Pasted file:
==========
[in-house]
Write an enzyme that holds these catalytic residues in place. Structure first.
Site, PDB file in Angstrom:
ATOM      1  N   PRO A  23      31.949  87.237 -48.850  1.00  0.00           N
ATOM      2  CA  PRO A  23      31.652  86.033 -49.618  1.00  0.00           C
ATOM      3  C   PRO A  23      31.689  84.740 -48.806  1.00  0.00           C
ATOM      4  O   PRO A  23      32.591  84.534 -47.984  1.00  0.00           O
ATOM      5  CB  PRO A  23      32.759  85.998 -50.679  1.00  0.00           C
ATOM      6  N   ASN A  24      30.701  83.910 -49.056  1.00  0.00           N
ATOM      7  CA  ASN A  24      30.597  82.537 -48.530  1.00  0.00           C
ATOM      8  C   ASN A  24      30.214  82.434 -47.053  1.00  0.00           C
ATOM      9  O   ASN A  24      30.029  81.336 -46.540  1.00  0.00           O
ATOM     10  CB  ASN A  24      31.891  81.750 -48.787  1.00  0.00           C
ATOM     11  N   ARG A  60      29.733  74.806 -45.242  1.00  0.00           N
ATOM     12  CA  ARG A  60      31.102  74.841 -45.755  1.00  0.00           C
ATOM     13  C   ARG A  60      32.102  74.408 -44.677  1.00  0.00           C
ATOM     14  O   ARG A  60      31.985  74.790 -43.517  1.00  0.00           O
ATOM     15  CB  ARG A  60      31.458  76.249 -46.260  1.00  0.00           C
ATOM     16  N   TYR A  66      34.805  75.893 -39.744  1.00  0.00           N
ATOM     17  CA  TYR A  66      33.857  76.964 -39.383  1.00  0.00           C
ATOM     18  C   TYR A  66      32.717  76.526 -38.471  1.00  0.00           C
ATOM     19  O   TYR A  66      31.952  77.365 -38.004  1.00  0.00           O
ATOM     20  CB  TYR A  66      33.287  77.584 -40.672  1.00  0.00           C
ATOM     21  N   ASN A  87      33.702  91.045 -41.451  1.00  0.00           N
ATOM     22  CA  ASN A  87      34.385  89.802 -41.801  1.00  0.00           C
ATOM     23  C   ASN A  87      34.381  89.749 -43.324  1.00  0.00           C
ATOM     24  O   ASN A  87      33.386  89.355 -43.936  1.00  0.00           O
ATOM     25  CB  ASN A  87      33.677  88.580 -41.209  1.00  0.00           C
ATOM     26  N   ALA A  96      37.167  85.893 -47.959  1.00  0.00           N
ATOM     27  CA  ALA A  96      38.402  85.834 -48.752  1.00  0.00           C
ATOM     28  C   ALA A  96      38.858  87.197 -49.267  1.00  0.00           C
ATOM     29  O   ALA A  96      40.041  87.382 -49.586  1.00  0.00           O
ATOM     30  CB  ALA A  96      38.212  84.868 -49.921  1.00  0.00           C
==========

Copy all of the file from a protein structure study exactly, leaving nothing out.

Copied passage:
[in-house]
Write an enzyme that holds these catalytic residues in place. Structure first.
Site, PDB file in Angstrom:
ATOM      1  N   PRO A  23      31.949  87.237 -48.850  1.00  0.00           N
ATOM      2  CA  PRO A  23      31.652  86.033 -49.618  1.00  0.00           C
ATOM      3  C   PRO A  23      31.689  84.740 -48.806  1.00  0.00           C
ATOM      4  O   PRO A  23      32.591  84.534 -47.984  1.00  0.00           O
ATOM      5  CB  PRO A  23      32.759  85.998 -50.679  1.00  0.00           C
ATOM      6  N   ASN A  24      30.701  83.910 -49.056  1.00  0.00           N
ATOM      7  CA  ASN A  24      30.597  82.537 -48.530  1.00  0.00           C
ATOM      8  C   ASN A  24      30.214  82.434 -47.053  1.00  0.00           C
ATOM      9  O   ASN A  24      30.029  81.336 -46.540  1.00  0.00           O
ATOM     10  CB  ASN A  24      31.891  81.750 -48.787  1.00  0.00           C
ATOM     11  N   ARG A  60      29.733  74.806 -45.242  1.00  0.00           N
ATOM     12  CA  ARG A  60      31.102  74.841 -45.755  1.00  0.00           C
ATOM     13  C   ARG A  60      32.102  74.408 -44.677  1.00  0.00           C
ATOM     14  O   ARG A  60      31.985  74.790 -43.517  1.00  0.00           O
ATOM     15  CB  ARG A  60      31.458  76.249 -46.260  1.00  0.00           C
ATOM     16  N   TYR A  66      34.805  75.893 -39.744  1.00  0.00           N
ATOM     17  CA  TYR A  66      33.857  76.964 -39.383  1.00  0.00           C
ATOM     18  C   TYR A  66      32.717  76.526 -38.471  1.00  0.00           C
ATOM     19  O   TYR A  66      31.952  77.365 -38.004  1.00  0.00           O
ATOM     20  CB  TYR A  66      33.287  77.584 -40.672  1.00  0.00           C
ATOM     21  N   ASN A  87      33.702  91.045 -41.451  1.00  0.00           N
ATOM     22  CA  ASN A  87      34.385  89.802 -41.801  1.00  0.00           C
ATOM     23  C   ASN A  87      34.381  89.749 -43.324  1.00  0.00           C
ATOM     24  O   ASN A  87      33.386  89.355 -43.936  1.00  0.00           O
ATOM     25  CB  ASN A  87      33.677  88.580 -41.209  1.00  0.00           C
ATOM     26  N   ALA A  96      37.167  85.893 -47.959  1.00  0.00           N
ATOM     27  CA  ALA A  96      38.402  85.834 -48.752  1.00  0.00           C
ATOM     28  C   ALA A  96      38.858  87.197 -49.267  1.00  0.00           C
ATOM     29  O   ALA A  96      40.041  87.382 -49.586  1.00  0.00           O
ATOM     30  CB  ALA A  96      38.212  84.868 -49.921  1.00  0.00           C